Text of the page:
Can someone explain in simple terms the "signals and slots" pattern?
Can someone explain in simple terms the "signals and slots" pattern?
Signals and slots are a way of decoupling a sender (the signal) and zero or more receivers (the slots). Let's say you a system which has events that you want to make available to any other part of the system interested in those events. Rather than hard-wiring the code that generates event to the code that wants to know about those events, you would use a signals and slots pattern.
When the sender signals an event (usually by calling the function associated with that event/signal) all the receivers for that event are automatically called. This allows you to connect and disconnect receivers as necessary during the lifetime of the program.
Since this question was tagged C++, here is a link to the Boost.Signals library which has a much more thorough explanation.
I think one can describe signals and slots best when you are looking at them as a possible implementation vehicle for the Observer Pattern or Publish/Subscriber Pattern. There is one
signal, for example
buttonPressed(IdType) on the Publisher Side. Whenever the button is pressed, all slots that are connected to that signal are called. Slots are on the Subscriber Side. A slot could for example be
Along with the event "button pressed", the slot would know which button was pressed, since the id would have been handed over.
IdType represents the type of the data sent over the connection between the Publisher and the Subscriber. An operation possible for the Subscriber would be
connect(signal, slot) which could connect
sendMail(IdType), so that if the button is pressed, that particular slot is called.
The good thing about this is that the subscriber (the slot side) doesn't need to care about details of the signal. It just needs to connect. Thus, here we have a great deal of loose coupling. You can change the buttons implementation, but the interface for the slots would still be the same.
Look at Qt Signals/Slots or Boost Signals for more informations.
Imagine having a GUI in your application. Most of the time, control flow wouldn't be very linear, i.e. instead of having a clear sequence of actions you'd have a user that interacts with the GUI (like buttons, menus etc.).
This is essentially an event driven model which can be implemented quite nicely with the signals and slots pattern. signals are events which are generated by objects (think GUI components) and slots are the receivers of those events.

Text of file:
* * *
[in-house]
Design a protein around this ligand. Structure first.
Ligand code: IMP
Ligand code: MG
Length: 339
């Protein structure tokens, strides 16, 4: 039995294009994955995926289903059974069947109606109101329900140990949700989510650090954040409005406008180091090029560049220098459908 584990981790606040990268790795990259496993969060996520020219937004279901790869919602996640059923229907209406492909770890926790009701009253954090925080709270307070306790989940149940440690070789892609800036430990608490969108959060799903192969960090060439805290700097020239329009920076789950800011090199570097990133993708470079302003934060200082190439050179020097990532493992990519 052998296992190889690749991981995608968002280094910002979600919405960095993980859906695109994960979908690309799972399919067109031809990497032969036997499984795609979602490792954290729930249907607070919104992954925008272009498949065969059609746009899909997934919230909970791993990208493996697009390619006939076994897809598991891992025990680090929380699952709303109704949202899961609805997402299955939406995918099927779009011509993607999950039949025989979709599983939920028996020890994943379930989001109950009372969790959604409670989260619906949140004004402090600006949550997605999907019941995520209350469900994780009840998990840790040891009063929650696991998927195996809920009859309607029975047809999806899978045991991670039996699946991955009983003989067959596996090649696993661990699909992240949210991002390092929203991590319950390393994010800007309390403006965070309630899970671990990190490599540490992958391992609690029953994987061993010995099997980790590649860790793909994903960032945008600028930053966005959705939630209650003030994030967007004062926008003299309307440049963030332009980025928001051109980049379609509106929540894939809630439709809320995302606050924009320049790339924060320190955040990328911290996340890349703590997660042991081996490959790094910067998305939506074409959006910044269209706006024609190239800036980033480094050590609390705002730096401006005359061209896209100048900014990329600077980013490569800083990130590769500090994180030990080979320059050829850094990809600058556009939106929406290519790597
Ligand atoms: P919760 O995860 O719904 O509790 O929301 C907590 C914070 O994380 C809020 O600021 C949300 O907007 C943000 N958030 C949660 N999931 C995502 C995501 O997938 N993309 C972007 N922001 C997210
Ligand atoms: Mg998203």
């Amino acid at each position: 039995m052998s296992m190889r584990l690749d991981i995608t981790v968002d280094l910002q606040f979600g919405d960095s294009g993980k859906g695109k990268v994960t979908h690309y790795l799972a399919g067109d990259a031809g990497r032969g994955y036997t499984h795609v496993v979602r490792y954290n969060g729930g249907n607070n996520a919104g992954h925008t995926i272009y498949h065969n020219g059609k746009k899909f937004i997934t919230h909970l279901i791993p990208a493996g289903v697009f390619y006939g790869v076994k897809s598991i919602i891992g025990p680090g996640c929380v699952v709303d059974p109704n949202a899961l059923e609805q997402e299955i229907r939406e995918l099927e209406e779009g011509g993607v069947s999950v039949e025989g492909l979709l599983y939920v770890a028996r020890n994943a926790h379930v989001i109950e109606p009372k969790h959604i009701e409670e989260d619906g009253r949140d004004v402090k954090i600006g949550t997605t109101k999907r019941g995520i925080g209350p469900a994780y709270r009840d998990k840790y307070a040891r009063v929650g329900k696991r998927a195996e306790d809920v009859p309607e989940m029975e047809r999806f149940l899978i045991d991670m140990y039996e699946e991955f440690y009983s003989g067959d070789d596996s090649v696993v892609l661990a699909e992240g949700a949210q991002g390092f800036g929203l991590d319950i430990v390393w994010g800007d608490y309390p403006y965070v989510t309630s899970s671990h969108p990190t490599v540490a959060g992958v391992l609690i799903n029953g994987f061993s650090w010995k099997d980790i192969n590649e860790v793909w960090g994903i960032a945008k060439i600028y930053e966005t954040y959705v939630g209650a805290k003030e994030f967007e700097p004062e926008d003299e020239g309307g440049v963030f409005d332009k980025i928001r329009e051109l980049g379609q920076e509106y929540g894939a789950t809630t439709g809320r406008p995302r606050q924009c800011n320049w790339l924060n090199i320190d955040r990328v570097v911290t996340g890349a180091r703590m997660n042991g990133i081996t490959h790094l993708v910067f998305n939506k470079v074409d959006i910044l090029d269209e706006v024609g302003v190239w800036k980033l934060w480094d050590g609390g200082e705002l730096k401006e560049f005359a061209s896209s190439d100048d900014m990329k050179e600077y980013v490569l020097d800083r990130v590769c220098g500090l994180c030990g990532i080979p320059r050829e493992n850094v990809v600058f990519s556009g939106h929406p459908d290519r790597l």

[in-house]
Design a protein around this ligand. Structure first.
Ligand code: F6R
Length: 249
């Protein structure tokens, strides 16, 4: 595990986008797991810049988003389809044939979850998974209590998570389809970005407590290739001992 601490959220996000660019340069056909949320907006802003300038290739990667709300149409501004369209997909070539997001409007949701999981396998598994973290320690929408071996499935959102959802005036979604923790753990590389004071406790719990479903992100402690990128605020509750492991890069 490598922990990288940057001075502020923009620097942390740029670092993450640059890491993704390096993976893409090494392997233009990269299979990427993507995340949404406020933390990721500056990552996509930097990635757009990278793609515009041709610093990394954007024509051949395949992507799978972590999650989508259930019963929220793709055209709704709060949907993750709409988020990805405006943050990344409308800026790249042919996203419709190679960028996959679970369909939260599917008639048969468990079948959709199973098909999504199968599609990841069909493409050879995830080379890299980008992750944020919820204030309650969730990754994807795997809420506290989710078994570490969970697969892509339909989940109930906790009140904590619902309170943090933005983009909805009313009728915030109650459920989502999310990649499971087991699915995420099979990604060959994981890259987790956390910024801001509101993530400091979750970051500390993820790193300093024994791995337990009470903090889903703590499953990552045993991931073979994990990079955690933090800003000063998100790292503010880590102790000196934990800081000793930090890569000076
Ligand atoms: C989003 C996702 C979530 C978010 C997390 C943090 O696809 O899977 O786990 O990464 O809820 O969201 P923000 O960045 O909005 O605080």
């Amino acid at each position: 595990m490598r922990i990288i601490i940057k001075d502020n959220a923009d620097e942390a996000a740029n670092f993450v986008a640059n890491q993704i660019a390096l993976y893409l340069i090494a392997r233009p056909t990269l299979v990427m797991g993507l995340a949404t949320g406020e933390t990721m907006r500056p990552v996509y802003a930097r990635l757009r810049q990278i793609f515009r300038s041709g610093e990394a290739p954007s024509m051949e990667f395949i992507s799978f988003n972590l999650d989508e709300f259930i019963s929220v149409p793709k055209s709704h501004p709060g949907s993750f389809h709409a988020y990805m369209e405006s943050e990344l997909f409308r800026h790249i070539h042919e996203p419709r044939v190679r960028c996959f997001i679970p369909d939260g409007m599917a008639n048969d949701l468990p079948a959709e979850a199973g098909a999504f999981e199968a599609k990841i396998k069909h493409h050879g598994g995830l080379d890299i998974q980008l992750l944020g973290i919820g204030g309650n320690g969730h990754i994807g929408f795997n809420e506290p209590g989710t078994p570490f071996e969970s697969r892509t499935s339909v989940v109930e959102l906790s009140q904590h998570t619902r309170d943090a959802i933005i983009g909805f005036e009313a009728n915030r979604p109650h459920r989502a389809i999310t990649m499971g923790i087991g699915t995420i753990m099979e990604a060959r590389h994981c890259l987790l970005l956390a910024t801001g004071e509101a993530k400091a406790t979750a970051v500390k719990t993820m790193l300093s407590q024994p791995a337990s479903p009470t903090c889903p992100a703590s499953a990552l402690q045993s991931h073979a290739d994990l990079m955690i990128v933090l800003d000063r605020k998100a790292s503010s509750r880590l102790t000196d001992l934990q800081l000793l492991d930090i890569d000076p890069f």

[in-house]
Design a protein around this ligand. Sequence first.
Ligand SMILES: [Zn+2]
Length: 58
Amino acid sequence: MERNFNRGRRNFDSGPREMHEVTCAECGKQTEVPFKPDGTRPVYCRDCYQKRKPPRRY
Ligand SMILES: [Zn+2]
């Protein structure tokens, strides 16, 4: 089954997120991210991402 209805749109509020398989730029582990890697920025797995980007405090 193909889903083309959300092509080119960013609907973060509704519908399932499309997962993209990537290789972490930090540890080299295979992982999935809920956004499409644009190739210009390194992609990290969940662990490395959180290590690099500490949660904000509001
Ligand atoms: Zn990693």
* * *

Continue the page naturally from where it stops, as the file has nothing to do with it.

Here is an example: imagine you have a checkbox, represented as an object in your programming language. Multiple things can happen to that checkbox: it can be toggled, which in turn also means that it's either set or unset. Those are the signals which it can emit. We will name them checkboxToggled, checkboxSet and checkboxUnset. As you see, in this example, the checkbox will always emit the checkboxToggled signal when toggled, but also exactly one of the two other signals, depending on how the state changes.
Now imagine having some other objects, namely a label, which for the sake of this example always exists as an object but can "appear" and "disappear" and a system beep (also represented by an object), which can simply beep. Those are the slots those objects have. We will call them "messageAppear", "messageDisappear" and "beep".
Suppose you want the system beep to beep everytime the checkbox is toggled, and the label to appear or disappear depending on whether the user checked or cleared the checkbox.
You would thus connect the following signals to the following slots (signals on the left, slots on the right):
checkboxToggled -> beep checkboxSet -> messageAppear checkboxUnset -> messageDisappear
That's basically it.
signals and slots may also have arguments. For example, using a slider which sets a numerical value, you would like to send the changed value along with the emitted signal as soon as the user moved the slider: sliderChanged(int).
Of course, to actually do something useful you would write some own classes which would contain some own signals and slots. This is done quite easily and using these own signals and slots, you have a nice way to interact with the GUI or other parts of your code in an event driven manner.